Indexed on: 20 Feb '10Published on: 20 Feb '10Published in: American journal of epidemiology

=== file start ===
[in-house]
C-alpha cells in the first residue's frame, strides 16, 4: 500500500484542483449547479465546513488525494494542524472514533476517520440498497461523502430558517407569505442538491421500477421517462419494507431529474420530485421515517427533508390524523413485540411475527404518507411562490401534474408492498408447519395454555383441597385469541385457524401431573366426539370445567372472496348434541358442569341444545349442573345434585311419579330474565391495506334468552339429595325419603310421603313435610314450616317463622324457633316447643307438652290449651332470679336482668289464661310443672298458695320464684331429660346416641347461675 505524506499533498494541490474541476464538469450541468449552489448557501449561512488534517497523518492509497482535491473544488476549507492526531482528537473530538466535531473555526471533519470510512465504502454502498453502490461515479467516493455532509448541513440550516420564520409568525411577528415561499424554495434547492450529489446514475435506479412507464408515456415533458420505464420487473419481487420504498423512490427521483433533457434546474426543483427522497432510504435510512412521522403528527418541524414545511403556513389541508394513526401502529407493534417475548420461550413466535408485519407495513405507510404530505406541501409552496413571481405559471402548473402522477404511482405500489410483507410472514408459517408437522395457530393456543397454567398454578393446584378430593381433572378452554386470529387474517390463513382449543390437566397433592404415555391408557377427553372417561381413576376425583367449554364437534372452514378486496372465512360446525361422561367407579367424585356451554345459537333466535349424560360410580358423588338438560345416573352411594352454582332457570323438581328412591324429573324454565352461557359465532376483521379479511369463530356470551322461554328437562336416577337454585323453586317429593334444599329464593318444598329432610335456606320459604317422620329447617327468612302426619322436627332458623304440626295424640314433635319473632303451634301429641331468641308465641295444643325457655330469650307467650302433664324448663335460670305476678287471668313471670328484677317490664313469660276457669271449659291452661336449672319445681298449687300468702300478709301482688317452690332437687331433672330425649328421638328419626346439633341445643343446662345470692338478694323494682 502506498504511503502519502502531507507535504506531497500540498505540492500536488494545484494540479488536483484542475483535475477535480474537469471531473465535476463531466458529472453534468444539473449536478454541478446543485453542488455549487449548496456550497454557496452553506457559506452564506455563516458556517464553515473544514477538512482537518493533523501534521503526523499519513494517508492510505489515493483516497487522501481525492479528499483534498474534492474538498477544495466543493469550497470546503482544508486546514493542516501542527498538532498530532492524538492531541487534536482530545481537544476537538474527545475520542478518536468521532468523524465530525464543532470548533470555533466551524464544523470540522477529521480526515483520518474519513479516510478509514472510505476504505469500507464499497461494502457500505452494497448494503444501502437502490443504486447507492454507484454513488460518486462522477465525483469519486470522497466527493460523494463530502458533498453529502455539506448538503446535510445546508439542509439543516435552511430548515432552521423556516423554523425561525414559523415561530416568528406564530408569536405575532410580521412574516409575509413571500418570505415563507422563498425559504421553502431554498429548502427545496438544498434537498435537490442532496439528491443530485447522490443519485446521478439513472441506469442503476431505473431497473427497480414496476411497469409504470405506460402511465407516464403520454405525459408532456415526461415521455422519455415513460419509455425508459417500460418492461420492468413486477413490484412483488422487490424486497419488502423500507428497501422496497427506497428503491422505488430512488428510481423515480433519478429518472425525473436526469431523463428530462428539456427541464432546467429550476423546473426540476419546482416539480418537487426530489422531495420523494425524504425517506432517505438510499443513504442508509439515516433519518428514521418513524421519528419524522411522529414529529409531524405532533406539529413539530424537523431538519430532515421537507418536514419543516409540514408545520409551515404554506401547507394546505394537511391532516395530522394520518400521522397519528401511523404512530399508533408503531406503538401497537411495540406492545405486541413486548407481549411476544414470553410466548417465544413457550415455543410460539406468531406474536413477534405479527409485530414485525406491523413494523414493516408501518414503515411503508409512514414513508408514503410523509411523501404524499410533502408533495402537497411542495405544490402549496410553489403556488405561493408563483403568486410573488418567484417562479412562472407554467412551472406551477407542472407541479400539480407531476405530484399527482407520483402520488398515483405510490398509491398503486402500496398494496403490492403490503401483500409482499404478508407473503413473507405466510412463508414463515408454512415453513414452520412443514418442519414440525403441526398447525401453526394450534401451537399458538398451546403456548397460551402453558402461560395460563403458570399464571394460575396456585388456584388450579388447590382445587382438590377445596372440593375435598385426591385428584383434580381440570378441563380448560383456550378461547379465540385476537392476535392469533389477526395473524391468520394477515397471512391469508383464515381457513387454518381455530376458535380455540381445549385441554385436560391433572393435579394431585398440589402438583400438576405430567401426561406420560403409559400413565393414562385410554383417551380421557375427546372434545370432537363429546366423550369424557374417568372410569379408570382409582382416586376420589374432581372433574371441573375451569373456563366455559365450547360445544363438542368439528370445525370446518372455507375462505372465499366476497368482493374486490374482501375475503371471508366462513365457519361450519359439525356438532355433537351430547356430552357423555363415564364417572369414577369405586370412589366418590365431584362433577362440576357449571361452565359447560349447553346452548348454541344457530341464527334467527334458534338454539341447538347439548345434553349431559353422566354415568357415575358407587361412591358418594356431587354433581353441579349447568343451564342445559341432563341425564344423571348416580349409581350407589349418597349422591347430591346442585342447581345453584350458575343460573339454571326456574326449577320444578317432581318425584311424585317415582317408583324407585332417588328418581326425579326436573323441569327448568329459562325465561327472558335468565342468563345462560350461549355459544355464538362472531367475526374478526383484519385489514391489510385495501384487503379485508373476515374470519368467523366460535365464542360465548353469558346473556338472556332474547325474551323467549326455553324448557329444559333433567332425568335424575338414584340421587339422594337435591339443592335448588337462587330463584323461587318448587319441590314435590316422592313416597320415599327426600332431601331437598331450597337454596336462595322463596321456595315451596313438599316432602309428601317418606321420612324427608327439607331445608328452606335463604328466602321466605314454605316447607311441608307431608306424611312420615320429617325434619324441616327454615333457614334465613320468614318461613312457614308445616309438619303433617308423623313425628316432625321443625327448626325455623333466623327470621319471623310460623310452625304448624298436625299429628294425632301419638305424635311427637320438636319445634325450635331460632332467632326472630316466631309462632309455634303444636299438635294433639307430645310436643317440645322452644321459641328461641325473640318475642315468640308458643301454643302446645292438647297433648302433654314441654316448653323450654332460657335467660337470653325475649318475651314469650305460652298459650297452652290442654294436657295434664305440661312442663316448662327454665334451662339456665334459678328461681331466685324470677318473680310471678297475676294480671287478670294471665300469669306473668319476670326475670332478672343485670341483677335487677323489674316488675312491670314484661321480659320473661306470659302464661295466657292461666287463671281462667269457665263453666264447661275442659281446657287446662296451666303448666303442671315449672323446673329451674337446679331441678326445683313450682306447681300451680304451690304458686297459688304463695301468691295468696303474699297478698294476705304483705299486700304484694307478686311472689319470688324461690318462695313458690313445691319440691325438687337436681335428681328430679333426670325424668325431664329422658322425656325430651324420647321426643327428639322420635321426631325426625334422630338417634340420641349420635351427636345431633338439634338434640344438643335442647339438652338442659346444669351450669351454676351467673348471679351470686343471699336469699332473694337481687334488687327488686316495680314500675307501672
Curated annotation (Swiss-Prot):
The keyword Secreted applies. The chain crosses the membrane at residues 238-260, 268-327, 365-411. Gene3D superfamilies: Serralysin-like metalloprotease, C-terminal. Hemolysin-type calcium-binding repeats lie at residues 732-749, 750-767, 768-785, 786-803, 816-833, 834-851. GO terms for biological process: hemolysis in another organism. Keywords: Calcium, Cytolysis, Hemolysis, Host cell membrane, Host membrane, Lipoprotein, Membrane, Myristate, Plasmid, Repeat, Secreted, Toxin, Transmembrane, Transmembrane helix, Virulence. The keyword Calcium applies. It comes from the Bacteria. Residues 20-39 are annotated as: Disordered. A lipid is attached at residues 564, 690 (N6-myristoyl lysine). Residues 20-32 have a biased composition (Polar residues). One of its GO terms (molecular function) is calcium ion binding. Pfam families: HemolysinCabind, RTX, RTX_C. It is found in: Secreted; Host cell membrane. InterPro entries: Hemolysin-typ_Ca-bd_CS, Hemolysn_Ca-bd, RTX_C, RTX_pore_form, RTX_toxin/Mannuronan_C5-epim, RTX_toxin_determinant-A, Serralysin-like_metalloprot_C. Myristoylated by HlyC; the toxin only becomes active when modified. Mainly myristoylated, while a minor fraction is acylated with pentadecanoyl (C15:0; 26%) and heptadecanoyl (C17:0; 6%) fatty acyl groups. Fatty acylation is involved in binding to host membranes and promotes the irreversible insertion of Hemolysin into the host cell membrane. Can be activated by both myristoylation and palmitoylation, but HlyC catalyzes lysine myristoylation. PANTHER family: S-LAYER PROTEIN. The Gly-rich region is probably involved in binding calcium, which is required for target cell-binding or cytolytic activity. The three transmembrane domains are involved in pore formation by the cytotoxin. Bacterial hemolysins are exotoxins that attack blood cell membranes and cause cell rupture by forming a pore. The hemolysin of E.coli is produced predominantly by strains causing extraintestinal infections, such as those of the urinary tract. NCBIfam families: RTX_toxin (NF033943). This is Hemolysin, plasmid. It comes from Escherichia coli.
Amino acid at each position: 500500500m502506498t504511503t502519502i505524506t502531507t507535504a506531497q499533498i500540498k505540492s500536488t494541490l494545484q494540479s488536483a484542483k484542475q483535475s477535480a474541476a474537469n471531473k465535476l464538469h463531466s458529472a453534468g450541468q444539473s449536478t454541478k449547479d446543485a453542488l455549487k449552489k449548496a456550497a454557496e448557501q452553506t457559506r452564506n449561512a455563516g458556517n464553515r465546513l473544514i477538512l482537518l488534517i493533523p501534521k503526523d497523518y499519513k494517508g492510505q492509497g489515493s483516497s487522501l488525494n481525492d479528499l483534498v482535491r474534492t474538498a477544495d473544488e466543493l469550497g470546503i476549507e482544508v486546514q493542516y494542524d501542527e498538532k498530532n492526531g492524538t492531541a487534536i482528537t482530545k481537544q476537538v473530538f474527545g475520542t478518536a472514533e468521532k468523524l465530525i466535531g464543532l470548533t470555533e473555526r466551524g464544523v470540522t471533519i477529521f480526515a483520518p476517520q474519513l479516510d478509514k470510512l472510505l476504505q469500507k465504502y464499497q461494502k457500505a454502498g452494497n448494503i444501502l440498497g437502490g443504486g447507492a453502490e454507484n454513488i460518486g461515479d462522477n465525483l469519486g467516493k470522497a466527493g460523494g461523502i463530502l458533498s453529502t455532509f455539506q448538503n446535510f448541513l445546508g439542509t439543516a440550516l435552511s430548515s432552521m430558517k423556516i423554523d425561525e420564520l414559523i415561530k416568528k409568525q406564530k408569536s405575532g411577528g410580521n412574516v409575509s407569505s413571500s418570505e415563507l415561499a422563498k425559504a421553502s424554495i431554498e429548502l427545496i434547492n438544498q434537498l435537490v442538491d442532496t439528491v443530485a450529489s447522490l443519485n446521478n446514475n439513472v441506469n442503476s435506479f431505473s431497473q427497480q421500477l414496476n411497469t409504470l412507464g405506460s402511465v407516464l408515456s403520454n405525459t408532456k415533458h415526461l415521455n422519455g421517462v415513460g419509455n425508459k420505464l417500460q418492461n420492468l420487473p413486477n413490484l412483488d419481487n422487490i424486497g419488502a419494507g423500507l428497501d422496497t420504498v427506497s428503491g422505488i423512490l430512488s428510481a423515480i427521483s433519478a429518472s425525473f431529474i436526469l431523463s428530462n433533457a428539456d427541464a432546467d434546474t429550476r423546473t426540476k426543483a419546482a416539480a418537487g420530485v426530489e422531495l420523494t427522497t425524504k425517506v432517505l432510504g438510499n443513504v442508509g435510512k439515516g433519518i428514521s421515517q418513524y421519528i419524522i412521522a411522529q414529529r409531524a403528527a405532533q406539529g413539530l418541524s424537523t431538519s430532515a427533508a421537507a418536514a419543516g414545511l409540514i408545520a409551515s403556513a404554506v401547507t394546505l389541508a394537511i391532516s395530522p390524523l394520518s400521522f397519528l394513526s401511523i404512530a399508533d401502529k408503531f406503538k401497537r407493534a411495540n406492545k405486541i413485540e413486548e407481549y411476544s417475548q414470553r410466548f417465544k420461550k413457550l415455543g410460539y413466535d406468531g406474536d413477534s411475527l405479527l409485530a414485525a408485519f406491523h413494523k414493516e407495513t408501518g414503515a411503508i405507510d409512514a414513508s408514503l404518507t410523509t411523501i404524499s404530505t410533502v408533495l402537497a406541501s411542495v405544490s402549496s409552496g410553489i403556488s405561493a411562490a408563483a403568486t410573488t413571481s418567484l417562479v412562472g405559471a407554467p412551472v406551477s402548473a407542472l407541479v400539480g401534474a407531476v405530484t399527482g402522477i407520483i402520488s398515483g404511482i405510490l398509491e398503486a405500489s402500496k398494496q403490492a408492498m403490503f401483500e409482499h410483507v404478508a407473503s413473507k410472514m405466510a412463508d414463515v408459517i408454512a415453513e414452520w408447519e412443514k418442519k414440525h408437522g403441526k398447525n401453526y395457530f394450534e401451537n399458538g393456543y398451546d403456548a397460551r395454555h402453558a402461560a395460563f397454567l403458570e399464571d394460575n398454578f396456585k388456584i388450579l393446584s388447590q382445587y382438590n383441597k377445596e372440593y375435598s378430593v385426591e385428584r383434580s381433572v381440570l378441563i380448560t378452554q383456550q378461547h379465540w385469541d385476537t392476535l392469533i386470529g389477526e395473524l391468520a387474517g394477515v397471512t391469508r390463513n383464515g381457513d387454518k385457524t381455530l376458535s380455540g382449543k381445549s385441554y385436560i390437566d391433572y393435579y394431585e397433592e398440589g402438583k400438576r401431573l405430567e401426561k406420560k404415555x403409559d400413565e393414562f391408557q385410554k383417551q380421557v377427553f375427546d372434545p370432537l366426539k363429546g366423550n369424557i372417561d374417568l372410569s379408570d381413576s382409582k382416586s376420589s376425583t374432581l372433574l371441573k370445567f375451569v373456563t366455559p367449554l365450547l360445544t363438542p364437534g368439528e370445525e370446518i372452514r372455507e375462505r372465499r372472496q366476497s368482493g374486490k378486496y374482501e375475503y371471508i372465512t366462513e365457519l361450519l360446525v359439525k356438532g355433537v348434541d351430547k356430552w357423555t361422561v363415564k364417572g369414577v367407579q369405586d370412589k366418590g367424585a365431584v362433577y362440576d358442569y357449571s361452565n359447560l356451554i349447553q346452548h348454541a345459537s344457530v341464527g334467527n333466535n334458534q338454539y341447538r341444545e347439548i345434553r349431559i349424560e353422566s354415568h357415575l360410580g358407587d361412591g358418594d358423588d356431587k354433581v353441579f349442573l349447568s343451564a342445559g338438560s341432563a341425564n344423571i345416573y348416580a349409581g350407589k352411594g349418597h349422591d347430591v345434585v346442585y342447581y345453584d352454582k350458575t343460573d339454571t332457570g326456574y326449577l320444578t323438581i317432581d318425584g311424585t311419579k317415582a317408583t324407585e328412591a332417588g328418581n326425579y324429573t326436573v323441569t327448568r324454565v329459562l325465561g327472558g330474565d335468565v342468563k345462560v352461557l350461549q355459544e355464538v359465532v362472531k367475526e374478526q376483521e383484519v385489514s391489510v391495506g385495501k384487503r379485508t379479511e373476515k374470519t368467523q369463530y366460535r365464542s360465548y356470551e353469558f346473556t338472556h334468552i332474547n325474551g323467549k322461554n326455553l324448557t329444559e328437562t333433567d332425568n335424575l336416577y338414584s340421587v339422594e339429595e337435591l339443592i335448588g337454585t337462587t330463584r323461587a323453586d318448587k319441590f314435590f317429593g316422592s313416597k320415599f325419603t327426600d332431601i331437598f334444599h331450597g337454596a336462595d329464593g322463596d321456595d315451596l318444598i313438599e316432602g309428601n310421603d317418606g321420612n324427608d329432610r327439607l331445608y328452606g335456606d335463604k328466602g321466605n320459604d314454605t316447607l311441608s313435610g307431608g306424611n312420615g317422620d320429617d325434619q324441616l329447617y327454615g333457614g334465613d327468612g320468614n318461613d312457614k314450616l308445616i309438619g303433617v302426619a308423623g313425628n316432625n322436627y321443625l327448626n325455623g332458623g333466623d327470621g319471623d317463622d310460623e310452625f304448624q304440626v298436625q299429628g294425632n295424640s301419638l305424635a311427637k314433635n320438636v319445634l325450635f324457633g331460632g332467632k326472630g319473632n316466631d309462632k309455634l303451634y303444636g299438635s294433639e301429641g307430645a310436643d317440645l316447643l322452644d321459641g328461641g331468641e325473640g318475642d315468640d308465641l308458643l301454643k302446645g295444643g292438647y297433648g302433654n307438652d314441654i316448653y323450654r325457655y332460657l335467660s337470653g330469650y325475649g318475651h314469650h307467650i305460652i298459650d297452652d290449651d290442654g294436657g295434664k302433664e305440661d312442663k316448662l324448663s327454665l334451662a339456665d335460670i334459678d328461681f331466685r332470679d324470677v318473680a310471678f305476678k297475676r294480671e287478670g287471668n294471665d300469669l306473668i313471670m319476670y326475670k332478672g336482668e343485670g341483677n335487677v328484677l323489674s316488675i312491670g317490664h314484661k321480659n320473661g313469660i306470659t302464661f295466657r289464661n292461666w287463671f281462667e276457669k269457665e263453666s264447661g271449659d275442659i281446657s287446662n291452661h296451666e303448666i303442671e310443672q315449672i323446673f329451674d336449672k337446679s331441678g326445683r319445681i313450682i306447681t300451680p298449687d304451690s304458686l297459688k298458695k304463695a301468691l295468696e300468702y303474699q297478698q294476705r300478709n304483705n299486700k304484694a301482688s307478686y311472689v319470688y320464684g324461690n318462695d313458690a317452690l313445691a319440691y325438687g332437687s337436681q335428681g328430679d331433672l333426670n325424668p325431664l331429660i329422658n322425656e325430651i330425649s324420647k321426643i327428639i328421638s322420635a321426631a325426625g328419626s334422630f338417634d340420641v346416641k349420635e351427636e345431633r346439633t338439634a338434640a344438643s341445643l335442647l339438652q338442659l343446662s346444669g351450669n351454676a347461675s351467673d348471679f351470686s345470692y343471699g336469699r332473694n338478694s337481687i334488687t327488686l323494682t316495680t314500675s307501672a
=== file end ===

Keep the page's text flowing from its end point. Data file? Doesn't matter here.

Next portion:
Whether insomnia, a known correlate of depression, predicts depression longitudinally warrants elucidation. The authors examined 555 Wisconsin Sleep Cohort Study participants aged 33-71 years without baseline depression or antidepressant use who completed baseline and follow-up overnight polysomnography and had complete questionnaire-based data on insomnia and depression for 1998-2006. Using Poisson regression, they estimated relative risks for depression (Zung scale score > or =50) at 4-year (average) follow-up according to baseline insomnia symptoms and polysomnographic markers. Twenty-six participants (4.7%) developed depression by follow-up. Having 3-4 insomnia symptoms versus none predicted depression risk (age-, sex-, and comorbidity-adjusted relative risk (RR) = 3.2, 95% confidence interval: 1.1, 9.6). After multiple adjustments, frequent difficulty falling asleep (RR = 5.3, 95% confidence interval: 1.1, 27.9) and polysomnographically assessed (upper or lower quartiles) sleep latency, continuity, and duration (RRs = 2.2-4.7; P's < or = 0.05) predicted depression. Graded trends (P-trend < or = 0.05) were observed with increasing number of symptoms, difficulty falling asleep, and difficulty returning to sleep. Given the small number of events using Zung > or =50 (depression cutpoint), a limitation that may bias multivariable estimates, continuous depression scores were analyzed; mean values were largely consistent with dichotomous findings. Insomnia symptoms or markers increased depression risk 2.2- to 5.3-fold. These results support prior findings based on self-reported insomnia and may extend similar conclusions to objective markers. Heightened recognition and treatment of insomnia may prevent subsequent depression.